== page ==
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CCTA Executive Director Randy Iwasaki Retirement Announced

The Contra Costa County Transportation Authority announced that Iwasaki will retire at the end of the month. He will be replaced by Timothy Haile, who has served as executive director for projects since 2017.

Randy Iwasaki
Randy Iwasaki, executive director, Contra Costa County, Calif., Transportation Authority
<a href="http://erepublic.smugmug.com/" target="_blank">David Kidd</a>
Randell Iwasaki, a leader and advocate for transportation innovation in the San Francisco Bay Area, is stepping down.

Iwasaki, the executive director of the Contra Costa County Transportation Authority (CCTA) for the last 10 years, will enter retirement beginning Dec. 26, CCTA announced. Iwasaki will be replaced by Timothy Haile, who has served as deputy executive director for projects at the agency since 2017.

Iwasaki has been a champion of growing autonomous vehicle testing and technologies at the 2,100-acre GoMentum Station, the largest dedicated AV testing site in the country. GoMentum is now owned and operated by AAA of Northern California, Nevada and Utah.

Numerous electric autonomous shuttle projects have undergone testing at the GoMentum site, 35 miles east of San Francisco.

In 2009, Iwasaki was named one of Government Technology’s Top 25 Doers, Dreamers and Drivers for his work to modernize transportation systems, introducing innovation in traffic signal and other systems.

While at Caltrans, prior to joining CCTA, Iwasaki worked to transition vehicles to clean-burning fuels, phase out high-energy lighting and recycle old tires into new asphalt.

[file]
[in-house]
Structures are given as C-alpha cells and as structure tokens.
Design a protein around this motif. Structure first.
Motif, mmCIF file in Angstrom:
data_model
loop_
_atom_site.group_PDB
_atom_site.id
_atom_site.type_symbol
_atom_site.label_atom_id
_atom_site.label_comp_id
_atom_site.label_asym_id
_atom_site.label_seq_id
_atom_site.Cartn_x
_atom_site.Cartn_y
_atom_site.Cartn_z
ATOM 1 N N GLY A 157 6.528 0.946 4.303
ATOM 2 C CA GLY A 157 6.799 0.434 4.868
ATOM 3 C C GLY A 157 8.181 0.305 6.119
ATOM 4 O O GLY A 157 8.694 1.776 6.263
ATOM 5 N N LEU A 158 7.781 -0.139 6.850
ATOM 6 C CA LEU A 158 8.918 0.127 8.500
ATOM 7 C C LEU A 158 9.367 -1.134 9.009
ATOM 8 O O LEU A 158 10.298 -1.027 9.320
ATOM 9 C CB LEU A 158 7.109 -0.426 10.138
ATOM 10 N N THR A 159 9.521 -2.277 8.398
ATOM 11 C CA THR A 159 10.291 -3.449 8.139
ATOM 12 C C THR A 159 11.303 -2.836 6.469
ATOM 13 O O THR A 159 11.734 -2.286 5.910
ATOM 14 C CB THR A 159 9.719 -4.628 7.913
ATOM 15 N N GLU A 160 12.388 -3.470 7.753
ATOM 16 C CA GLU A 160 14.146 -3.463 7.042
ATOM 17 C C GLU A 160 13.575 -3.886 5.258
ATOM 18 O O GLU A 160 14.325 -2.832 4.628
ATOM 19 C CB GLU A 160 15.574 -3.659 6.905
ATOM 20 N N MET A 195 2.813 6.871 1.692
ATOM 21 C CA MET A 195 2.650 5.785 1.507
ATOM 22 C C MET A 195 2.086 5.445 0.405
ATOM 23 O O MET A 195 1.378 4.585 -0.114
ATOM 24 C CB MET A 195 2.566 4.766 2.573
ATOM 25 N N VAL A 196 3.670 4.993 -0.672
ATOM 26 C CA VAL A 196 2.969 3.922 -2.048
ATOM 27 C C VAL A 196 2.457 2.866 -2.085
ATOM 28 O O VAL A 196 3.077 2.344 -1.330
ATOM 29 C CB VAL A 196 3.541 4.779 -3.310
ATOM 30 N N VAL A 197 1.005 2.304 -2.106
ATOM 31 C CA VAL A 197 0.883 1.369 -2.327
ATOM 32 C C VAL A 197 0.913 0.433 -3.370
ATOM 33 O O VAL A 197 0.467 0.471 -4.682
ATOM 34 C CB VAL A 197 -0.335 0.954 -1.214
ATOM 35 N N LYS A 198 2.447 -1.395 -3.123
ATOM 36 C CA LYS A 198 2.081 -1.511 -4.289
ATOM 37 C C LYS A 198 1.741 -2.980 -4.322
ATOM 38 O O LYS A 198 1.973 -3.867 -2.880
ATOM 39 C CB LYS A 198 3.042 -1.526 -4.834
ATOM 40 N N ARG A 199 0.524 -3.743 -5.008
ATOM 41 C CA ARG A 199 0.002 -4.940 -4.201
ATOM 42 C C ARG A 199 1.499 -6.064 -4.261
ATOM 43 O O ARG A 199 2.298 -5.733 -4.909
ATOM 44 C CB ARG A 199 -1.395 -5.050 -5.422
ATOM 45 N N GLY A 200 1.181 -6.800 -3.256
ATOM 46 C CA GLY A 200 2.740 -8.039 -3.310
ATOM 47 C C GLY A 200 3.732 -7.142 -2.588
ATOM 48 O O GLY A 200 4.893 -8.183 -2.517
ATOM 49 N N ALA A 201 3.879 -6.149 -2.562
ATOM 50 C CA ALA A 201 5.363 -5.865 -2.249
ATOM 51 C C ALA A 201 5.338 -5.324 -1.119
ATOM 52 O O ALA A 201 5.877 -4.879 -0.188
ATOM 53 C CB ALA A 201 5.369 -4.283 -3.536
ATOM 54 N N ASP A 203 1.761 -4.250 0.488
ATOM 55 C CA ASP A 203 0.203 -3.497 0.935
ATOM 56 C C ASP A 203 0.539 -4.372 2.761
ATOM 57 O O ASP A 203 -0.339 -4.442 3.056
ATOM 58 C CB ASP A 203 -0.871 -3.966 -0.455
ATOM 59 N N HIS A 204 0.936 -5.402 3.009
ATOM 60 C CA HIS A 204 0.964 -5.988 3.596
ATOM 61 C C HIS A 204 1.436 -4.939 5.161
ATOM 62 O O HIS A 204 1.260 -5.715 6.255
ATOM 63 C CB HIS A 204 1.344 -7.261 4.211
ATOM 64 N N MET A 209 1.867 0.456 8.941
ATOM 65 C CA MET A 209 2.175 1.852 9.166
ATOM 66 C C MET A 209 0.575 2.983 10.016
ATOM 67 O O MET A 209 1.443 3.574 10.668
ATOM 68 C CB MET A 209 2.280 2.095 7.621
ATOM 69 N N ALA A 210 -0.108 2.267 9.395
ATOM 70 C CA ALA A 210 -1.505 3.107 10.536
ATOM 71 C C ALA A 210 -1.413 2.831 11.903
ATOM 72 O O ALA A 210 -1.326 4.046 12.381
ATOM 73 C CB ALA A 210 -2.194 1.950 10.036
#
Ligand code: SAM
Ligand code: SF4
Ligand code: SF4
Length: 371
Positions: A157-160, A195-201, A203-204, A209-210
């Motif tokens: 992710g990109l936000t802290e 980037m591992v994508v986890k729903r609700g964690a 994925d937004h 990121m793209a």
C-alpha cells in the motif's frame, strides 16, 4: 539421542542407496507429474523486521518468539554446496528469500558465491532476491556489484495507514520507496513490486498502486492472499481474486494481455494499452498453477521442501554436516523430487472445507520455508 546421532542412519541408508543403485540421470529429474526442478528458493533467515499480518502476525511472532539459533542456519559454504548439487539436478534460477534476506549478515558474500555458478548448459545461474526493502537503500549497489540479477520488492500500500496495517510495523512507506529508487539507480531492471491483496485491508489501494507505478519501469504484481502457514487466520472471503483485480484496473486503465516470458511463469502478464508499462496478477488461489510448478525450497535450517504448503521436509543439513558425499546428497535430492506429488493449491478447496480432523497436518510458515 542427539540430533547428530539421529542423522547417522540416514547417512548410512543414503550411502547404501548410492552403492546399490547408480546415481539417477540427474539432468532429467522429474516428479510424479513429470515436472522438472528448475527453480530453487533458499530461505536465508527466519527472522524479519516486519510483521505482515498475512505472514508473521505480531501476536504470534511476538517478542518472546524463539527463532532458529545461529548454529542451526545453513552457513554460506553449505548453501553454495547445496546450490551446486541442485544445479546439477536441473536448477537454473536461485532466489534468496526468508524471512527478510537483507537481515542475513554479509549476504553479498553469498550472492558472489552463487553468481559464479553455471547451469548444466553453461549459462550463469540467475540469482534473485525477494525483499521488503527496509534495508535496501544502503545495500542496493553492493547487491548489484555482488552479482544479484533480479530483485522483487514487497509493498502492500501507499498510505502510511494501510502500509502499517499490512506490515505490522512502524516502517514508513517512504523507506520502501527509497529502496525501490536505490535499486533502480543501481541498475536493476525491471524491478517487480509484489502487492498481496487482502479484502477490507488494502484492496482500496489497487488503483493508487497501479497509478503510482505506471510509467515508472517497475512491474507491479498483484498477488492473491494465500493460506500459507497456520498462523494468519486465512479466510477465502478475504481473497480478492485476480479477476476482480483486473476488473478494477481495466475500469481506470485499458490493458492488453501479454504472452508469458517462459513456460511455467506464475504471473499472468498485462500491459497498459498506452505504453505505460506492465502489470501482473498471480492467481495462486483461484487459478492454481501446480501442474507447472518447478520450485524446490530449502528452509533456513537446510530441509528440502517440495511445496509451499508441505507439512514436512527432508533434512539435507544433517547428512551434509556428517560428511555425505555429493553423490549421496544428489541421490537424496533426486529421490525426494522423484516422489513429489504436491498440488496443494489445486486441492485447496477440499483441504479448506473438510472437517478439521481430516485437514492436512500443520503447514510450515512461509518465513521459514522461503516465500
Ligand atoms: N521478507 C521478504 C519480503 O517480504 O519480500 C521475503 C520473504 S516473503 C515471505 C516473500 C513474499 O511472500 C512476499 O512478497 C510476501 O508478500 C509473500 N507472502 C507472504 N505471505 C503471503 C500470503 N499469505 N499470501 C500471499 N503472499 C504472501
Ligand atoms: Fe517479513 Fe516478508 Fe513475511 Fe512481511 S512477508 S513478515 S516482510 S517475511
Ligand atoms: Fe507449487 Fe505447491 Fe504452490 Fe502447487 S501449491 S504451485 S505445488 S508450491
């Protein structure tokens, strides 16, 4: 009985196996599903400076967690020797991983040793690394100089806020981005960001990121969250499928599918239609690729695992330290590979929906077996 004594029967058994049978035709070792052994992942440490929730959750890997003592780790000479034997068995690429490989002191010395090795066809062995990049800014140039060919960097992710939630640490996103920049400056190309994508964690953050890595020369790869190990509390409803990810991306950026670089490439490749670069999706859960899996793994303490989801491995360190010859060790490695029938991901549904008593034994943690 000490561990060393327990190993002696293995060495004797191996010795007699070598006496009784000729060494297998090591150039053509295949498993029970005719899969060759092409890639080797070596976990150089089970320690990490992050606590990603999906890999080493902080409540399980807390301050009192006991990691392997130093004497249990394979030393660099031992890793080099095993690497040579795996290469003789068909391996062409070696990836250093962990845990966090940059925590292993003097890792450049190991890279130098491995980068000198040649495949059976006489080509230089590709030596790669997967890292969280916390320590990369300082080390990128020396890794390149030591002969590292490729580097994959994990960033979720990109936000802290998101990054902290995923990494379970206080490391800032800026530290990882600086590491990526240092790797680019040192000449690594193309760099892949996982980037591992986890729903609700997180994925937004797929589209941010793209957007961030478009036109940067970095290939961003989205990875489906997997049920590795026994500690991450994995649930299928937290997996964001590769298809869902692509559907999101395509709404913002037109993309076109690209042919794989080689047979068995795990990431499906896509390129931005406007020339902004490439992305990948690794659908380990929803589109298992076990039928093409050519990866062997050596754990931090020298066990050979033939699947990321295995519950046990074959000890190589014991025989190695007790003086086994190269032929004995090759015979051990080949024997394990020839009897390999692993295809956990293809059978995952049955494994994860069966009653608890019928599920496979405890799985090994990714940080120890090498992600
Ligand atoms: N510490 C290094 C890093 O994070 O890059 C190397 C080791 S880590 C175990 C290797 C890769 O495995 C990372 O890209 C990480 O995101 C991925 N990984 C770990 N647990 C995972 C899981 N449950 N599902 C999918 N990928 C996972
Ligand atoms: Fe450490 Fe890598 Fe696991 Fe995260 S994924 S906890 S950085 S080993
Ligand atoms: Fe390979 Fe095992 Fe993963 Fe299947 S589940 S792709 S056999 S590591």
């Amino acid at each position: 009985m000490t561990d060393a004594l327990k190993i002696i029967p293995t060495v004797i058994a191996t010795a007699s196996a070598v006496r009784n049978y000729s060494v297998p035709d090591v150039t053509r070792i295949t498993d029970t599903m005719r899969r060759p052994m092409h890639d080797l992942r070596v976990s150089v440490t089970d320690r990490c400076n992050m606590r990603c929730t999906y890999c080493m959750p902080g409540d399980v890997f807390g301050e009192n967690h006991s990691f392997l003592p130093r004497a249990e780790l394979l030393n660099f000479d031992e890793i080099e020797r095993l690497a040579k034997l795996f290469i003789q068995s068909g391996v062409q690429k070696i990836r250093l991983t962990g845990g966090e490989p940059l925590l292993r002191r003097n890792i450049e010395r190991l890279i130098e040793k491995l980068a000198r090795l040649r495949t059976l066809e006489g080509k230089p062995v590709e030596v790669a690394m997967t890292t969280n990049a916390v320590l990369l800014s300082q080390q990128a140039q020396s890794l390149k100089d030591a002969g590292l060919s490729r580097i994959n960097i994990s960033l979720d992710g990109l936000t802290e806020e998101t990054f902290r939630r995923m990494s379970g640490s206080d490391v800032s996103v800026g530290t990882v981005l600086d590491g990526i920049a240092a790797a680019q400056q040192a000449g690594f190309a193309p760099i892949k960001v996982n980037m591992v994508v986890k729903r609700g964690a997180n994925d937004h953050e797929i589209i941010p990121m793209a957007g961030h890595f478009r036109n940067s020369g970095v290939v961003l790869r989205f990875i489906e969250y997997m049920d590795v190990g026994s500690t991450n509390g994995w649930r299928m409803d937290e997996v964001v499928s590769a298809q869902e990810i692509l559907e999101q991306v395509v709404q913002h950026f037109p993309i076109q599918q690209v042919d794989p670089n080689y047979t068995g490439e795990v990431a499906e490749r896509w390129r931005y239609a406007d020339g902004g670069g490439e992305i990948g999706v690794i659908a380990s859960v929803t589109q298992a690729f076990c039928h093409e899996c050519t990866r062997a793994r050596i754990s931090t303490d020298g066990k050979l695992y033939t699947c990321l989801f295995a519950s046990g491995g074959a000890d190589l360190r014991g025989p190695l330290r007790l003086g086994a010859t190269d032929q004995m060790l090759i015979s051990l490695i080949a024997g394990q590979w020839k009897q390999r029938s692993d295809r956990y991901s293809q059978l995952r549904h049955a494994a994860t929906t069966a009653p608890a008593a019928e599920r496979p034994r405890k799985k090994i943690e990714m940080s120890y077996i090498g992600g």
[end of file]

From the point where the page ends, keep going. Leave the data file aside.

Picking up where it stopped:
“His vision, as well as his ability to create, guide and inspire a remarkable workforce resulted in a small but mighty team who has made significant advances to improve mobility in Contra Costa County,” said Julie Pierce, chair of the Contra Costa Transportation Authority, in a statement.

Haile will bring more than 23 years of experience in transportation and public works and has been involved with managing U.S. Department of Transportation grants, as well as partnerships affiliated with the GoMentum Station.

He has also served as an adjunct professor for a highway design course at California State Polytechnic University, Pomona.

“Tim’s dynamic thinking, leadership, proactive management style, technical acuity and ability to work in partnership with numerous stakeholders on large, multidisciplinary projects ensures CCTA’s continued success,” said Pierce in a statement.

Skip Descant writes about smart cities, the Internet of Things, transportation and other areas. He spent more than 12 years reporting for daily newspapers in Mississippi, Arkansas, Louisiana and California. He lives in downtown Sacramento.
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